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Not Systematic? That’s Ok!

Any medical researcher can tell you that systematic reviews are hard. It’s not just the difficulty of building out a research question/protocol/search strategy that is intimidating—there is also simply a large burden in screening and extraction to ensure the true comprehensiveness of the studies and data collected.

However, not all questions are appropriate for systematic review, and different methods are needed when your research is not a question about the entire body of literature for a given topic, but something narrower. Also, the timeliness of the output matters—getting high-level answers quickly can often make a major difference where the systematic review would simply be too slow). So, we wanted to talk about the less well-known but related review method that has been growing in health economics and outcomes research: the targeted literature review.

Nested Knowledge is built to be “living systematic review software” so that comprehensive, up-to-date evidence is always available, but we knew that flexibility to the goals of different researchers was paramount. So, the software does not force you into comprehensiveness; instead, it gives you the tools to scope the breadth and predict the time commitment of whatever review task you are undertaking.

While a systematic review will usually require a specific and pre-defined search strategy and protocol, a targeted literature review can answer high-priority questions with a rapid and evolving search, where the most-relevant publications are themselves examined for a narrower range of evidence. 

If you’re just looking for the most relevant and useful information in a timely manner, targeted literature reviews in Nested Knowledge may be your best option. You do not have to completely finish screening the nest to extract valuable data from it. While the search tool in a nest has the ability to be all-encompassing, a user can also quickly narrow the scope of the search to better focus on a specific topic. Both ways work in NK.

Typically, only one database needs to be searched in a targeted literature review while protocols often call for cross-referencing multiple databases in a systematic literature review. The extra work is meant to limit the amount of bias that would appear in the final output, but it also increases the time and effort required to complete the work. A targeted review can be done in half the time or even faster than that of a systematic review.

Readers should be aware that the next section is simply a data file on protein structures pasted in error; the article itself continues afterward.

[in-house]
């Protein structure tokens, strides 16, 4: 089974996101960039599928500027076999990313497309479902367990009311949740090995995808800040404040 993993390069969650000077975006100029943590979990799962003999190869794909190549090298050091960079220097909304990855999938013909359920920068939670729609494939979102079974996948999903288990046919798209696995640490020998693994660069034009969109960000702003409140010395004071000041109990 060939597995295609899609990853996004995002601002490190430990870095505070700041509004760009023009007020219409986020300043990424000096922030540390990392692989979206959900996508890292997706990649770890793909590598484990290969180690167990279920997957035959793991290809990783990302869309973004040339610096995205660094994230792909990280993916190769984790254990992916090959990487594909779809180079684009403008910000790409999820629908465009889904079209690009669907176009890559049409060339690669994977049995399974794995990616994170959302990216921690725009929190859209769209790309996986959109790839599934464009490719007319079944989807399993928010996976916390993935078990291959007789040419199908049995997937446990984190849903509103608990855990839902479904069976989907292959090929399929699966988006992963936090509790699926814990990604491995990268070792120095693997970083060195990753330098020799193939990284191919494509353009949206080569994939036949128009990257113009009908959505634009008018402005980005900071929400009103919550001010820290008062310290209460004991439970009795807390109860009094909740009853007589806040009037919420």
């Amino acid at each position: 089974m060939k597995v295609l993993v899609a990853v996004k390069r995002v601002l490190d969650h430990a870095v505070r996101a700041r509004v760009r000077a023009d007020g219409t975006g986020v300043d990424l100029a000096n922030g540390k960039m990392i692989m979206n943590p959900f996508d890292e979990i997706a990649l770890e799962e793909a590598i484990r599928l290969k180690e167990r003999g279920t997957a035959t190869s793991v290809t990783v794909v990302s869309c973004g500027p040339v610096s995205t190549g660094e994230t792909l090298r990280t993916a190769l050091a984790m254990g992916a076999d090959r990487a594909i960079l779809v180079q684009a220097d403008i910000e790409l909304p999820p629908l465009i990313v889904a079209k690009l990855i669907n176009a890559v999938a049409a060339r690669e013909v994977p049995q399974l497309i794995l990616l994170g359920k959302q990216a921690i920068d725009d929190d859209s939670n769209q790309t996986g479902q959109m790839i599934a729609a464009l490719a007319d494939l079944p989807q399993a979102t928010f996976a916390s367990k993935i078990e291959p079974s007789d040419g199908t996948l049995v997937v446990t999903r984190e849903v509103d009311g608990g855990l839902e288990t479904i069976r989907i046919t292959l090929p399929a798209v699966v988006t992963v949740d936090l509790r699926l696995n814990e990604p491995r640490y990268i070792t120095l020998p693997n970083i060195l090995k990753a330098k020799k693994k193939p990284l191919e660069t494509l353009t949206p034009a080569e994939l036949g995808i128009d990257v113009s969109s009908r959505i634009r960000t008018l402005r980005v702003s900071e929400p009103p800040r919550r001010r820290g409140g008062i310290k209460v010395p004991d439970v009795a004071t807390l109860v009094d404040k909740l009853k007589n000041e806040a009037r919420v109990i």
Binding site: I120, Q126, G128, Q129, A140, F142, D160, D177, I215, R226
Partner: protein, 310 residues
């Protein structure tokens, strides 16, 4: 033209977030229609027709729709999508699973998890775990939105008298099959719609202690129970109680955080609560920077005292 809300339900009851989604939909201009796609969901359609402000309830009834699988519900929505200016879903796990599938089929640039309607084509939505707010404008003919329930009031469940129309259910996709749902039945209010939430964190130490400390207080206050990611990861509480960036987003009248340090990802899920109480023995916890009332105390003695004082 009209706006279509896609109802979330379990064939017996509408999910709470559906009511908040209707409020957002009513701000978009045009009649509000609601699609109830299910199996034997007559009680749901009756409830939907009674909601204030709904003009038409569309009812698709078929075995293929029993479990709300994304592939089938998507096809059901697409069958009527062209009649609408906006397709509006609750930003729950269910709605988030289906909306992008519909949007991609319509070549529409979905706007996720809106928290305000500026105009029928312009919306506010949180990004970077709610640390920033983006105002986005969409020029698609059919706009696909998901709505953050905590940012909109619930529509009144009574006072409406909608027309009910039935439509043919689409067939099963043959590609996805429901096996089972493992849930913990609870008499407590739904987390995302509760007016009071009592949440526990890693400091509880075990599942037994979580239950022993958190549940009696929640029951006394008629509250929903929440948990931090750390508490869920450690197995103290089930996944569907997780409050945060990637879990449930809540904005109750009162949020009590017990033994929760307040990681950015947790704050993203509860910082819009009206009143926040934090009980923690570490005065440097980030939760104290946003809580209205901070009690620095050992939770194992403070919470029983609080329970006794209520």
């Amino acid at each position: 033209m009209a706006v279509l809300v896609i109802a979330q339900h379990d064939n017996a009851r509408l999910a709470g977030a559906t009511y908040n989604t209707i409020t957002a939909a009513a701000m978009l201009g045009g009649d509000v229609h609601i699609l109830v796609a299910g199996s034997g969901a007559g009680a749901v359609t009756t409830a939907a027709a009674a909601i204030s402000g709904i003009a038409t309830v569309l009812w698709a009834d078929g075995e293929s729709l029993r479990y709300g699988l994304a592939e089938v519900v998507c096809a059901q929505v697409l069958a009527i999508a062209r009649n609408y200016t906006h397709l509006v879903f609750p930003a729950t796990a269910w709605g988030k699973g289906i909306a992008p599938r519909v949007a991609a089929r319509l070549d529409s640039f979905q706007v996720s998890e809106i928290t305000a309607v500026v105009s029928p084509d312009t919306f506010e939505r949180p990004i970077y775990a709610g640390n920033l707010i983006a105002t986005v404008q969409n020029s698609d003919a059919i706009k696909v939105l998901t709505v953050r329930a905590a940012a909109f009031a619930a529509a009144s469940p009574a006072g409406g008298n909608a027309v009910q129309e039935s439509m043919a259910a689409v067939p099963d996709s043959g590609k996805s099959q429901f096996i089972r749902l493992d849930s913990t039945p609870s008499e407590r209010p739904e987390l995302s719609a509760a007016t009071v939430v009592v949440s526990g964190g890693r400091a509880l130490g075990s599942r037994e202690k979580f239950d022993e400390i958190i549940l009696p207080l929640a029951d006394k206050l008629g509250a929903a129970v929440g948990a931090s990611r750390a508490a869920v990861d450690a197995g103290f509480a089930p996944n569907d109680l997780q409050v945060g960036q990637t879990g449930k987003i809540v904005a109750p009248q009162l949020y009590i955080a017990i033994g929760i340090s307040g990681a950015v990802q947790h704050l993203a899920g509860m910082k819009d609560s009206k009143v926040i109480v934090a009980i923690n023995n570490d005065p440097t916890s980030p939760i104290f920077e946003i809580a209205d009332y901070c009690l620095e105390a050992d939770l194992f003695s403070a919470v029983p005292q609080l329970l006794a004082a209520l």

You do not need to have an exact question to answer when searching in a nest. The goal of a systematic review is usually to have a very structured, cross-population, cross-intervention question, while in a targeted literature review the query can be scoped more flexibly on a narrower topic. The inherent flexibility of targeted methods means that extraction can be highly specific, qualitative-only, or even include non-combinable data, depending on what is needed. Any question that does not demand that the answer be determined from all possible sources, may be a question for a targeted literature review.

It’s like going to a fancy restaurant and instead of ordering appetizers, an entree, and dessert all at once, you take them one at a time to find out if you really need the next one. If you’re too full for dessert then you don’t order it. Why get more than you need? But if you didn’t get the food before you wouldn’t have known that you did not need dessert. The complete systematic review is the whole several-course meal while the targeted review is just the entree and the appetizer that you really need. But the entree and appetizers are still useful because without ordering them you would not know you were full and did not need to order dessert. It’s all part of the same system but you only get what you need. 

Here is a little chart to break down the difference: 

Task:Systematic Lit. ReviewsTargeted Lit. Reviews
Screening:Review all recordsRelevant-first
Extraction:Potentially relevant outcomesMost-relevant outcomes

Within the Nested Knowledge tool titled “Search Exploration”, users will find that breaking down a targeted review question into that is much simpler and presents a clearer picture when trying to analyze results. 

If you check out the NK wiki on Search Exploration, you can learn quickly how to use AI to drill down on topics for your potential targeted literature review. Since Search Exploration provides (1) a summary of the results of a search and (2) a customizable search builder with transparent results, you can narrow your search to hundreds or even dozens of studies, and you’ll be able to predict relevancy based on the common topics reported by the RoboPICO and Topic Modeling AIs.

So when building your nest, or even pondering a question. Know that it does not need to be a complete, well-drawn-out, full systematic review. It can be a broader, faster, and simpler research topic that provides valuable information all the same. Whether you need the collective systematic review or are only interested in drumming up some records, Nested Knowledge can get it done. 

Need help with your nest? Or have any questions? Feel free to reach out to

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